How does New York’s Bottle Bill work?
New York State’s Returnable Container Act requires every deposit initiator to collect a $.05 deposit on beverage containers containing less than one gallon of carbonated soft drinks, beer, malt beverages, wine coolers or water, sold in New York.
A deposit initiator is the first bottler, distributor, dealer or agent to collect the deposit on a beverage container sold in New York State. You’re a deposit initiator if you:
- Bottle beverages in beverage containers
- Distribute beverages in beverage containers
- Sell beverages in beverage containers
- Act as an agent on behalf of a registered deposit initiator
Dealers (“retailers”) pay the distributor or deposit initiator at least a 5-cent deposit for each beverage container purchased.
Consumers pay the dealers the deposit for each beverage container purchased. (we pay $.05 to Pepsico and Arizona Teas to litter our environment with every purchase)
Consumers may then return their empty beverage containers to a dealer or redemption center to get their deposit back.
Retailers and redemption centers are reimbursed the deposit plus a 3.5-cent handling fee by the distributor or the deposit initiator for each empty beverage container returned.
Carbonated Soft Drinks, Sparkling Water, Carbonated Energy Drinks, Carbonated Juice (anything less than 100% juice, containing added sugar or water)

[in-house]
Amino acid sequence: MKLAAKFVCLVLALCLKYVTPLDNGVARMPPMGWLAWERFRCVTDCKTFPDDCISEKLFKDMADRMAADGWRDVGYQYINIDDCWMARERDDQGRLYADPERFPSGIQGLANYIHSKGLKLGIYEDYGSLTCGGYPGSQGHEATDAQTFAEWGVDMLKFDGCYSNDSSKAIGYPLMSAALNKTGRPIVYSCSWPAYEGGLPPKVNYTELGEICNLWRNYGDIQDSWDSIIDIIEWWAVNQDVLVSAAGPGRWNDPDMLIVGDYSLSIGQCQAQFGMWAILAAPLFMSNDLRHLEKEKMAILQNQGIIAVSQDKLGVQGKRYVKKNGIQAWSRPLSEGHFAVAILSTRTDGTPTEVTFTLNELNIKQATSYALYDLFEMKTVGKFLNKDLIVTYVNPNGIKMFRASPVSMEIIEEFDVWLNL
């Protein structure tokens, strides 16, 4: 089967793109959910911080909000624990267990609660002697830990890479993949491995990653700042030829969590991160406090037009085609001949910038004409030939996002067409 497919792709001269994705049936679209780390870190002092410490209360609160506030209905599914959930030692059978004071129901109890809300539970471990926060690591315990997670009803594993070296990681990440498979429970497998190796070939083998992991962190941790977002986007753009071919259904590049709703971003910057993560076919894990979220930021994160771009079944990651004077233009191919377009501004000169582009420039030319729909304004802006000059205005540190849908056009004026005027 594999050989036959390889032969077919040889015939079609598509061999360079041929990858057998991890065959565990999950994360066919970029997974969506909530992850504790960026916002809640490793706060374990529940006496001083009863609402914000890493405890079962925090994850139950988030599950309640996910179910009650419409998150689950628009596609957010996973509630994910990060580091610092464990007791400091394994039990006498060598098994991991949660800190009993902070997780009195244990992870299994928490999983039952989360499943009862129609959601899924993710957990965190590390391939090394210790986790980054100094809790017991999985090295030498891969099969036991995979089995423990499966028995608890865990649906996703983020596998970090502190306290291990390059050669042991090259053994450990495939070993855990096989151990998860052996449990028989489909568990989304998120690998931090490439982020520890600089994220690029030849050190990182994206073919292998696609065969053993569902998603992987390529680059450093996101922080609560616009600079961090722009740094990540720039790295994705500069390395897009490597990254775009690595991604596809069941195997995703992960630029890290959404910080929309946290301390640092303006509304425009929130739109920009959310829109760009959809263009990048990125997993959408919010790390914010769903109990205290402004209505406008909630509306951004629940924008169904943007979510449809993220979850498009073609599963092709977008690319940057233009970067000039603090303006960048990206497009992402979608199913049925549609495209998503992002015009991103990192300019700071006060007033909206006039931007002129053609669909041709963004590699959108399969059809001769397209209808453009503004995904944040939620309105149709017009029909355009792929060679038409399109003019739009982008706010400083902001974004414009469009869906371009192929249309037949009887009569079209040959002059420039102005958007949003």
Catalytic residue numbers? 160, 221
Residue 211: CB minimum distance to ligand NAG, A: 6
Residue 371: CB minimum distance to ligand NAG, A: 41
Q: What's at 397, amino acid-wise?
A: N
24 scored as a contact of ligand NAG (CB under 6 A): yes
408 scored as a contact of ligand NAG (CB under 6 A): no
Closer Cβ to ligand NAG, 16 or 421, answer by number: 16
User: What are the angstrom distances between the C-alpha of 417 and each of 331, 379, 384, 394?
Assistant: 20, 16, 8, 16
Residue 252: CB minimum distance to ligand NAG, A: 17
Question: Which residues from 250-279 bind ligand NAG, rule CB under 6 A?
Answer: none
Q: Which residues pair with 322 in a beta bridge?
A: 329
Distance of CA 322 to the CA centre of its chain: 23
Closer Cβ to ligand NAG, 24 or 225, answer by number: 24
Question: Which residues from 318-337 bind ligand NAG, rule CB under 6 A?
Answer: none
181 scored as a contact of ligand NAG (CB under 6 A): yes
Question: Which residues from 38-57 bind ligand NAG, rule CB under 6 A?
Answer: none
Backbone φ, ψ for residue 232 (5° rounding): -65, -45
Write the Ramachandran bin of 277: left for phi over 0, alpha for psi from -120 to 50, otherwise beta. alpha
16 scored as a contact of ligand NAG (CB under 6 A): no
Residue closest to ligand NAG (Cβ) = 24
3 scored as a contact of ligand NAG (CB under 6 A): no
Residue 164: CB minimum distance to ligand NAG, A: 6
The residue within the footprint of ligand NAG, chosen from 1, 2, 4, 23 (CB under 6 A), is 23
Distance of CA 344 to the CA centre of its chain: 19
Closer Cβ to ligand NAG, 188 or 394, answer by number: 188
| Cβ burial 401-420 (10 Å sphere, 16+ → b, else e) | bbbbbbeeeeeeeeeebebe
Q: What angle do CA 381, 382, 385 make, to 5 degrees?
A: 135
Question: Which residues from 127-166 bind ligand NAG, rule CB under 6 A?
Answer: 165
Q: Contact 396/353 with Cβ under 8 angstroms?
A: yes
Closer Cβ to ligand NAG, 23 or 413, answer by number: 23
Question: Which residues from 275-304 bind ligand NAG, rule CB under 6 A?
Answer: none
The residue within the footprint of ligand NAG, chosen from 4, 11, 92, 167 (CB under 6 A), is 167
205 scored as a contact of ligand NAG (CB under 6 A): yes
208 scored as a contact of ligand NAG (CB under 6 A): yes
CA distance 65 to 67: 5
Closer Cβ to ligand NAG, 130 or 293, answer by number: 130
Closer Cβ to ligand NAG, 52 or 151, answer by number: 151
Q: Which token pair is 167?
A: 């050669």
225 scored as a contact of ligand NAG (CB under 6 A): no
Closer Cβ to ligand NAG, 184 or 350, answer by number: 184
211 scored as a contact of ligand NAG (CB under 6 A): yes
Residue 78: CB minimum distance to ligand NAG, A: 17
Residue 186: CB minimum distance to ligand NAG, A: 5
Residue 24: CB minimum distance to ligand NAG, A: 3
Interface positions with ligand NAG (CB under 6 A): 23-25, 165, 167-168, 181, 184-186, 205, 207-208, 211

Beer and Other Malt Beverages
Mineral Water – Both carbonated and non-carbonated mineral water
Water that is flavored or nutritionally enhanced
What beverages are not covered by NY’s Bottle Bill?
Wine and Liquors
Sports Drinks there is no contact info for Gatorade
Waters Containing Sugar
Let’s look at what is littered on our streets from Gatorade and Arizona Teas. Both companies do not have deposit agreements with NY. I encounter this litter everyday on my 15 minute walk to work from Clinton Hill to Downtown Brooklyn on Dekalb Ave.
Take a moment to learn which companies have deposits for your state. It makes a difference.
The consumer deposit tax is not the best system to protect our environment but that is a topic for another blog.
Until next time,